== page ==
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While chatting with Fango recently about the U.S. release of his much-praised chiller BLACK DEATH (now on VOD and coming to theaters March 11 from Magnet Releasing), director Christopher Smith (pictured) gave us an update on the assorted projects he’s working on now. These include the werewolf thriller BITCH and a film noir called DETOUR, both of which he’s currently in the midst of scripting.
“DETOUR’s probably a draft ahead of BITCH,” Smith tells Fango, “but they’re both films I will be making within the next 18 months to two years. I’ve kind of been writing them in between finishing the BLACK DEATH shoot in 2009 and the editing since, and whichever script I think is ready to go first, we’ll do first. I don’t know which one it’ll be, but I’d like to be able to go through a period of making films back to back now, because I’m not someone who loves writing; I do it as a means to an end, and the end is making movies.”
While he’s not ready to spill story details on either, or explain his approach to lycanthropic mythology in BITCH, he does know how he wants to bring that film’s creatures to life. “In terms of the way I intend to shoot the transformation, it’s going to be practical,” he states. “AMERICAN WEREWOLF IN LONDON’s transformation is still the best and the most iconic, and I want to take an approach that gets around that problem.” Said problem, he explains, is the expectation surrounding the question of how the human-to-wolf metamorphosis will be pulled off, “which is kind of a redundant question. I’ve managed to find a really cool, interesting way to handle that, where it becomes more about the scene you’re in rather than the mechanics of the transformation. I want to have a very impressive transformation, but that’s been done brilliantly, and all you can do with a new one is make it slicker or whatever. What I’m trying to say is that I believe werewolves can be really scary, and there’s a way of doing the transformations that isn’t CGI-based and is truly frightening, and that’s the ambition of this film.”
As it is with DETOUR as well, which despite its noir basis will definitely have horror elements, according to Smith. “It’s very much the darker kind of noir. The old Hitchcock films have the macabre elements of dealing with bodies and all that kind of stuff, and all of that is in DETOUR. It goes into horror moments, even though it’s not a horror movie.”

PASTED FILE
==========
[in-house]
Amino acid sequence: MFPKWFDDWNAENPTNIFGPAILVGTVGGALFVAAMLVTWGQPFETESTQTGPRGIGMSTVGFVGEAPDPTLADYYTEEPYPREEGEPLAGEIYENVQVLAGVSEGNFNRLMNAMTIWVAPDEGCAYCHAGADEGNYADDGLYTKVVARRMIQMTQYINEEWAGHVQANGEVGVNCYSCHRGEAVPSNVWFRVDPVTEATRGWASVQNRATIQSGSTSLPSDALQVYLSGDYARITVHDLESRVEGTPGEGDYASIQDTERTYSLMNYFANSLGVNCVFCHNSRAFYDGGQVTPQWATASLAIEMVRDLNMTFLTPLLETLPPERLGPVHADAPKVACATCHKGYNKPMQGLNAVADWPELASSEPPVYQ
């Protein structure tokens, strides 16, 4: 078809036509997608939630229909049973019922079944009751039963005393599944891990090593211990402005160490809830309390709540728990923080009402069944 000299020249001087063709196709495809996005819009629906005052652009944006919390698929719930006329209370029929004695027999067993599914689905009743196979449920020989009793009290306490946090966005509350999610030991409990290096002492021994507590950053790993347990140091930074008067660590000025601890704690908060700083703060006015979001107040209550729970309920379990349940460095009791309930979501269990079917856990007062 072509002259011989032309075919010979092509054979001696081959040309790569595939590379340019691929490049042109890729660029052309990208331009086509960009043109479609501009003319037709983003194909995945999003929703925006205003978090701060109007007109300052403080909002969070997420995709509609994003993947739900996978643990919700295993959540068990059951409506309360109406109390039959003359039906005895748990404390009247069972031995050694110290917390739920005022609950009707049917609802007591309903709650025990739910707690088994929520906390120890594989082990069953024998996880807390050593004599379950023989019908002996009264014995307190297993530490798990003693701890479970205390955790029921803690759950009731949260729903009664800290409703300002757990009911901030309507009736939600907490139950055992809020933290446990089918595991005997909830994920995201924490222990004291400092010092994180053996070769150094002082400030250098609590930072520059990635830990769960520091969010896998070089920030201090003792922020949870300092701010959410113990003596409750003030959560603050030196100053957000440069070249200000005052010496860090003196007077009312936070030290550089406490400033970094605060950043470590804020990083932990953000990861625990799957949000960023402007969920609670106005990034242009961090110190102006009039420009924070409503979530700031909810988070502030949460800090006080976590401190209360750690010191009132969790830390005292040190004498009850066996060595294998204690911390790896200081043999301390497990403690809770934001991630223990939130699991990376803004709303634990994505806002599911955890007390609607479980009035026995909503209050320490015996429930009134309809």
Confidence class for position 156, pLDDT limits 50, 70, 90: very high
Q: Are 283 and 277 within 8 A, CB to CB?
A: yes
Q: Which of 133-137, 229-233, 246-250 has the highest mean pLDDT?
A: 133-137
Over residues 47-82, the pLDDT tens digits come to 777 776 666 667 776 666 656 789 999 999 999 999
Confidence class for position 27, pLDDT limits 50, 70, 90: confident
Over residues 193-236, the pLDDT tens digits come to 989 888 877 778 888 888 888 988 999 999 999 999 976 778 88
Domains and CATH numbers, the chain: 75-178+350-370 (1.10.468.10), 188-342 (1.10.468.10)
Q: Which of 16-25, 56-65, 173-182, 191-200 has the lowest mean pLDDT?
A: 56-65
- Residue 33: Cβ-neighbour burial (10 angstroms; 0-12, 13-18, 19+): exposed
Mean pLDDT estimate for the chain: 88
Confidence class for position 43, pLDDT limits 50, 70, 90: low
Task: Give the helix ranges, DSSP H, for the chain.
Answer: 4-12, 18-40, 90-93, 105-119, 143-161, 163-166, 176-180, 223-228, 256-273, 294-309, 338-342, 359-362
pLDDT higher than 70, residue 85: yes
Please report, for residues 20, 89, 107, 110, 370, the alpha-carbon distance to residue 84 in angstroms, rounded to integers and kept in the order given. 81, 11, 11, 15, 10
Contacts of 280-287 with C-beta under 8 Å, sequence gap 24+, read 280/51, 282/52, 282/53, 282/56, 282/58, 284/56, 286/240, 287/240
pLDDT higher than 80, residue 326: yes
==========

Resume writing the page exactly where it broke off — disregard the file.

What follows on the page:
Smith also remains attached to PARIS, I’LL KILL YOU, the anthology feature on which he’s one of numerous genre specialists creating short chillers set in the French city (others include Joe Dante, Paco Plaza, Vincenzo Natali, Ryuhei Kitamura and the team of Julien Maury and Alexandre Bustillo). “Again, I’m not allowed to give out details about what my story is, but I’m doing one segment that hopefully is going to be funny and scary,” in the vein of his 2006 film SEVERANCE. “I’m also helping with trying to put together a linking device, because the best of this kind of film has some sort of theme running through it. So we’re working on a number of ideas for that.”
One project he is not and never has officially been involved with, despite numerous reports, is the film version of Seth Grahame-Smith’s best-selling horror mashup novel PRIDE AND PREJUDICE AND ZOMBIES. “Honestly, the first time I’d heard of that was when I saw it on-line,” he laughs. “I genuinely didn’t have a clue about that. I woke up late one night—my son was crying at 3 in the morning—and then I couldn’t get to sleep, so I put the Internet on and said, ‘Wow, I’m gonna be directing PRIDE AND PREJUDICE AND ZOMBIES!’ Of course, I don’t know of any director who wouldn’t like to be attached to that—it’s a very, very good project—but there’s no truth, as far as I know, to that rumor at all. Just the other day, I was reading about some other director, the guy who did FRIGHT NIGHT [Craig Gillespie], doing it, so I mean, is that true? Who knows. But I’m certainly not.” Look for more on BLACK DEATH at this site soon, see our review here and look for a feature story on the film in Fango #301, on sale this month.
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